Guideline implementation and early risk assessment in pulmonary arterial hypertension associated with congenital heart disease: a retrospective cohort study.
Clin Respir J. 2019 Aug 16;:
Authors: Deng X, Jin B, Li S, Li Y, Zhou H, Wu Y, Yan M, Hu Y, Qiu Q, Zhang G, Zheng X
INTRODUCTION: Current guidelines emphasize that accurate risk stratification is important for patients with pulmonary arterial hypertension (PAH), however, few suggestions have been specified for PAH associated with congenital heart disease (PAH-CHD).
OBJECTIVES: The aim of this study was to propose an accurate and simple system based on current guidelines for risk stratification in PAH-CHD patients during 12-month follow-up.
METHODS: We reviewed 288 Chinese PAH-CHD patients between January 2014 and December 2016 in this retrospective cohort study. The low-risk criteria according to 2015 ESC guidelines and the AEs during follow-up were collected. The association between low-risk criteria and AEs was assessed with Cox regression, and a simplified risk stratification system was proposed.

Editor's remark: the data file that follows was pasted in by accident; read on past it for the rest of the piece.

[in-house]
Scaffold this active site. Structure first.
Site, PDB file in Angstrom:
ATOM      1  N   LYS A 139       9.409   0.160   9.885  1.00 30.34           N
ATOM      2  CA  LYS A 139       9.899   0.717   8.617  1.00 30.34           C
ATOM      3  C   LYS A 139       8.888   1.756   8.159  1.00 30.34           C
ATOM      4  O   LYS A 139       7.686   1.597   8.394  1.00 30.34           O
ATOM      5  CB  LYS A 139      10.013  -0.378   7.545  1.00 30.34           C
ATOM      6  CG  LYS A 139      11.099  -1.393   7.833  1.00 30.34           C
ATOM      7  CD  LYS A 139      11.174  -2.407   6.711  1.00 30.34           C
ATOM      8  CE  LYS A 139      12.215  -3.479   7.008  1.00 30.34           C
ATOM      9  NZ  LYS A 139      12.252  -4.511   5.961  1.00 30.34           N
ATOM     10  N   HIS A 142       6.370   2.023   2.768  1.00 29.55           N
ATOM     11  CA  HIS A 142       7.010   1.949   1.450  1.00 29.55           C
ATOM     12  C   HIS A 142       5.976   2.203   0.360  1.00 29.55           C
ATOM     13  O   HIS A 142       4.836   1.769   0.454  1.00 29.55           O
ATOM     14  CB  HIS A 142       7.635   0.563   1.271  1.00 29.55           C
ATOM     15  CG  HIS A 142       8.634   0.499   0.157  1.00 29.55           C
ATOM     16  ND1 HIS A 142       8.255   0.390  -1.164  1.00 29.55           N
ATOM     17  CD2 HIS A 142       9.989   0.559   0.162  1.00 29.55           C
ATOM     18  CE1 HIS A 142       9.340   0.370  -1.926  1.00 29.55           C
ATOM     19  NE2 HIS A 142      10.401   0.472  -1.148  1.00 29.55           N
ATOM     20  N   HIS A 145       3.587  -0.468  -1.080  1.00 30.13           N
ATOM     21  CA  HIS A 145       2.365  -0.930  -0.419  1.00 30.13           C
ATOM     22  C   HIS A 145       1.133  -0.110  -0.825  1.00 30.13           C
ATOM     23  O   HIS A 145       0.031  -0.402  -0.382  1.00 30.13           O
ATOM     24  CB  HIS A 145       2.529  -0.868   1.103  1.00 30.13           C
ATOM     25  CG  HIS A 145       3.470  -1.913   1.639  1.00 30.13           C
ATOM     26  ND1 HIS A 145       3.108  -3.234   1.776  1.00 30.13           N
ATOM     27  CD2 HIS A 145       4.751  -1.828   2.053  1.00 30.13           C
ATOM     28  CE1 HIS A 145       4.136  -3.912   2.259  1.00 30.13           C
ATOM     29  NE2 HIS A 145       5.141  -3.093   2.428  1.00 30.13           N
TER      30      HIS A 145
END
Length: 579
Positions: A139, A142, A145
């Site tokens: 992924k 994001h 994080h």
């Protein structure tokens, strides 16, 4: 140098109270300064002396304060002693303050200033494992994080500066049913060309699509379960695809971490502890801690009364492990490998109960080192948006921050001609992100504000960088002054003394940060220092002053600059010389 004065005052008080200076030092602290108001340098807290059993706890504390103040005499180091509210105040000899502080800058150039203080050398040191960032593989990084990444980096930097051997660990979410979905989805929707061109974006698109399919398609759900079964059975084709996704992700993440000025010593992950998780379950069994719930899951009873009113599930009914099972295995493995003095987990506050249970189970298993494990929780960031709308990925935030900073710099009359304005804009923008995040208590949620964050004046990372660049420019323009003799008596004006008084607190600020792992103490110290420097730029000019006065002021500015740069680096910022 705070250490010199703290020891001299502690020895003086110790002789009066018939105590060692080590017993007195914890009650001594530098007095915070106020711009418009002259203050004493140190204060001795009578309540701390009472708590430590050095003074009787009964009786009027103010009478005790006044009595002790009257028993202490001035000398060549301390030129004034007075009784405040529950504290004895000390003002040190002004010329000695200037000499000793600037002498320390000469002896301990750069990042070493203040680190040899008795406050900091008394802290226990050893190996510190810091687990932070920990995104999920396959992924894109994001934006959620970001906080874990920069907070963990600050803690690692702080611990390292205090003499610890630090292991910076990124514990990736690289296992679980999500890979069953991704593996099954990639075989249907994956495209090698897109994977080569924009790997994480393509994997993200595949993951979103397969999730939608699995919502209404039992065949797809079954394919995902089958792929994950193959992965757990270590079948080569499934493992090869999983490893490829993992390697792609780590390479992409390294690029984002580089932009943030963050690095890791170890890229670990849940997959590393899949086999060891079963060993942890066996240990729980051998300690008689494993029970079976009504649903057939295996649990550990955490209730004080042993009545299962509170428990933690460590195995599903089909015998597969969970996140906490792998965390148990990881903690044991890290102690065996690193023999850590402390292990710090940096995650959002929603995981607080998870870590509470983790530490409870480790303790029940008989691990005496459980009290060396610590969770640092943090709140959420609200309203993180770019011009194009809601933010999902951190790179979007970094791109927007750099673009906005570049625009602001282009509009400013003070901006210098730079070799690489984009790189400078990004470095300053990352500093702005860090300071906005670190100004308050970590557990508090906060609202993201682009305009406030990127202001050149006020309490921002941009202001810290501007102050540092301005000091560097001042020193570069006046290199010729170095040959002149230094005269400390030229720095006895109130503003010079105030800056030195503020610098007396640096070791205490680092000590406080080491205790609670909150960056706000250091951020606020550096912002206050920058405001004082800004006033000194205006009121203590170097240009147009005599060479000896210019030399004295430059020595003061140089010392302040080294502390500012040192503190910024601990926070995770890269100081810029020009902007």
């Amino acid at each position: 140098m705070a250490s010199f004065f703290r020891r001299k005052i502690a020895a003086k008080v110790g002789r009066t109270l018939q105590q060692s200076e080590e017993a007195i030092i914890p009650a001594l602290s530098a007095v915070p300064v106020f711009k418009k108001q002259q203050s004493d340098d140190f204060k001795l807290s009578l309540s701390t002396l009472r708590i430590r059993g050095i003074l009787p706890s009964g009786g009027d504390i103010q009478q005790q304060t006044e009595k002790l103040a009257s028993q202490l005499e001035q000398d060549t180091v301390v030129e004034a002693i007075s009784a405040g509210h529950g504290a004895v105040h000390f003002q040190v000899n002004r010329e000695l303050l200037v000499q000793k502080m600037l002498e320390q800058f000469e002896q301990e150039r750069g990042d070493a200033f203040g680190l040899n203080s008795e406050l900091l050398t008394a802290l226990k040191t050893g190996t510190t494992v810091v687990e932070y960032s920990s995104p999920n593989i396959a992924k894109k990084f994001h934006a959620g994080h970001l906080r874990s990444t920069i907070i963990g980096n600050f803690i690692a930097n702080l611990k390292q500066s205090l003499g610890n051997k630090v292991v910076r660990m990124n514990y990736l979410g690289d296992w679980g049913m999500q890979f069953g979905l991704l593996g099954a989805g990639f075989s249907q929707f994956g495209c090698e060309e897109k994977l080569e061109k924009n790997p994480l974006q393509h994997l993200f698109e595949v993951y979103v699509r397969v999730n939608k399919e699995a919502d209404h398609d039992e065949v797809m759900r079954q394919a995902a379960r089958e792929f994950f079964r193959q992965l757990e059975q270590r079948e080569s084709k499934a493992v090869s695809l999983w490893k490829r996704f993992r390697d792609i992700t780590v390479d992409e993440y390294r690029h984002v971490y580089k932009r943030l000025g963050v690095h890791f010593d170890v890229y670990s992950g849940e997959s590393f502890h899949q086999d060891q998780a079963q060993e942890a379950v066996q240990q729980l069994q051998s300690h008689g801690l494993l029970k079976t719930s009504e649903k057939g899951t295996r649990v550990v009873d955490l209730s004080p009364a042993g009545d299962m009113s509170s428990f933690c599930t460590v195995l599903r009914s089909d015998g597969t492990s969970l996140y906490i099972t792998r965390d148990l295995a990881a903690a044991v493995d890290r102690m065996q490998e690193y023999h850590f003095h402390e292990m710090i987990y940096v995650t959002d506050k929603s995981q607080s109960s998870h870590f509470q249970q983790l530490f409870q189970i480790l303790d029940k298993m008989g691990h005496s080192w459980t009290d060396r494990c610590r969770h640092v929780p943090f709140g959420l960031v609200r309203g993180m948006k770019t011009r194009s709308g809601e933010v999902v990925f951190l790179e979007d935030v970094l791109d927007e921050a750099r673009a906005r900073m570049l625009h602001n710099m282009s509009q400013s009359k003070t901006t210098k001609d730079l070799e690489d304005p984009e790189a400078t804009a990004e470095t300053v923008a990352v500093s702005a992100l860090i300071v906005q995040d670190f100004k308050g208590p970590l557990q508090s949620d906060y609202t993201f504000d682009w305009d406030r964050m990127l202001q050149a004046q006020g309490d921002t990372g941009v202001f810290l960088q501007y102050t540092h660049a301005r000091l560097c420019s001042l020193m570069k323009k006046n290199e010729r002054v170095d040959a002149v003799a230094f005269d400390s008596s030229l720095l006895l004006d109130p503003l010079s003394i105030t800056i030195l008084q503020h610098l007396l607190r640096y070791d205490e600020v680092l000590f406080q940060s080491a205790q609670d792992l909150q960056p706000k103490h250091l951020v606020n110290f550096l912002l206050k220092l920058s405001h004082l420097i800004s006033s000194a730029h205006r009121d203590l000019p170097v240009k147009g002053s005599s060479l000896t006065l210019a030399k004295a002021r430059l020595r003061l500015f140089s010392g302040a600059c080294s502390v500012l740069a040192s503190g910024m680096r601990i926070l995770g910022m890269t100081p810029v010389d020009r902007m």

RESULTS: There were 105 PAH-CHD patients included in the final analysis. Twenty-nine patients had AEs defined as death, initiation of new or combined medication treatment, or re-hospitalization due to the PAH worsening. Among the low-risk criteria, WHO/NYHA functional class, 6 MWD, NT-proBNP, and SvO2 were significantly different between AE and AE-free groups. However, 6MWD (HR=0.08, 95% CI:0.03-0.19, P<0.001) and NT-proBNP (HR=0.35, 95% CI:0.16-0.78, P=0.01) were the only independent predictors of AEs in multivariable model. When taking them into a simplified system for risk stratification, the number of low-risk criteria at diagnosis discriminated the risk of AEs (P<0.001).
CONCLUSION: Among the low-risk criteria proposed by current guidelines, 6 MWD and NT-proBNP predicted AEs independently for PAH-CHD patients. Simplified risk stratification system by taking these two parameters numerically provides accurate prognostic information in PAH-CHD patients. This article is protected by copyright. All rights reserved.
PMID: 31419027 [PubMed – as supplied by publisher]